Back in 2009 I co-chaired the Coaching track at the premier Agile Software Development conference. Most speakers submitted one or two detailed proposals. One very experienced practitioner submitted 18(!) single-paragraph proposals. Our track committee was puzzled; some members were incensed! Opinions ranged from “dominating” and “spamming” through “more work for us” and “how can we treat everyone fairly” to “this could seriously raise the quality of the program.”
More recently, I led a development team’s iteration retrospective as their external coach. When the discussion touched on the topic of code reviews, I started to offer an opinion about their observed effect on other teams. Midway through my first sentence, someone raised his hand abruptly and said, “Can I ask you not to give your opinion?” I stopped cold.
Every day, you interact with other people both socially and professionally. Some are your team members, others are far removed. You share information, make suggestions, and seek agreement. Chances are, every few days someone will behave in a way that leaves you scratching your head — or wondering, “What’s up with that?!” In that retrospective, my instinctive thought was, “How rude, and in public!” My next thought was, “I’m probably looking rather stupid right now.”
The critical thing, when that happens, is what you DO next. Whether I found this offensive to me or detrimental to the team — and even if that’s true – I had a responsibility *to the team* in that situation: to emerge from the retrospective with decisions. It wasn’t about me, my opinions, or that team member. Shame, justifying, and blaming wouldn’t be helpful here. My in-the-moment response was to respect his request, and the retrospective continued.
Beyond taking responsibility, there’s empathy. That means thinking, “I wonder what’s going on for that person to make him behave this way.” What’s often harder to process, or believe, is that the other person considers his behavior *the best recourse* in the current situation. It’s doubly hard when you seek buy-in for an exciting idea, and you encounter a lukewarm or negative response.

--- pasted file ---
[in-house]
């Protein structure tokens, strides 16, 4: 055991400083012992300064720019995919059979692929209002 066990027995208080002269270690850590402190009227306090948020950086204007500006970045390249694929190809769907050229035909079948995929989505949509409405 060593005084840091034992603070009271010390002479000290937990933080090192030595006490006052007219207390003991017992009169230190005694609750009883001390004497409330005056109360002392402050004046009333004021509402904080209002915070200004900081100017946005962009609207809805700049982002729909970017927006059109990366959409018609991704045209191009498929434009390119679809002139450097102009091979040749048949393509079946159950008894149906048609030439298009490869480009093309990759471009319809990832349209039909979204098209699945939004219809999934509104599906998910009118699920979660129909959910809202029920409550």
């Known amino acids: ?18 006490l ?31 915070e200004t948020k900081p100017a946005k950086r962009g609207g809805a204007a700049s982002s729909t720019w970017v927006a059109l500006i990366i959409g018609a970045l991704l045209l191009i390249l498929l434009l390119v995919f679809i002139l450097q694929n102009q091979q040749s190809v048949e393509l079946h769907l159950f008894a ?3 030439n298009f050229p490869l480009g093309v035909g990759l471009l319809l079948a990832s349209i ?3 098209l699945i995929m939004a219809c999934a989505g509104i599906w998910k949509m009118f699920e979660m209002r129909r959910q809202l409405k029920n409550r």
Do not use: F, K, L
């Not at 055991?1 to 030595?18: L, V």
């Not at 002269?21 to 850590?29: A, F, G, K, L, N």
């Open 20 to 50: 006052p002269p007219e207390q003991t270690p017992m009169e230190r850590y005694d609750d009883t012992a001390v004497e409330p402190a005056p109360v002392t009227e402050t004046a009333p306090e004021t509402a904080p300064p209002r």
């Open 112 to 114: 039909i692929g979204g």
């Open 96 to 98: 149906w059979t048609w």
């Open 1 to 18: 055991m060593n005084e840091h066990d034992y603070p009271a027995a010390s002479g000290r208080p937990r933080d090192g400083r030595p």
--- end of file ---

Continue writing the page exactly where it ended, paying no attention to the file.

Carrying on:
In the case of that retrospective, I could translate the best-recourse belief into the thought, “What could preventing me from sharing my opinion achieve for him, that’s worth interrupting me mid-sentence?” In that moment, I was too stunned to do that.
However, when there’s more time to think, assuming best intent is very useful. After discussing “the case of the 18 proposals” with my track committee, I wrote to the person, asking about his intent. In turns out that he believed he had such a wealth of information to share, he wanted to make the committee’s decision-making easier. In the other case, the person sought me out afterwards to apologize and explain that since his team hadn’t quite confronted the divisive matter of code reviews, he didn’t want my opinion to color anyone’s.
Norm Kerth, whose 2001 book on project retrospectives has guided many early Agile teams, offered this belief as “The Prime Directive” of retrospectives. No matter what we observe, he said, if we truly believe that people operate from a place of best intent, we’ll amplify our collective learning. If you don’t already include this ground rule in your retrospectives (or other potentially sensitive meetings), try it, and make sure it’s upheld. I’m looking forward to hearing how it works out for you.
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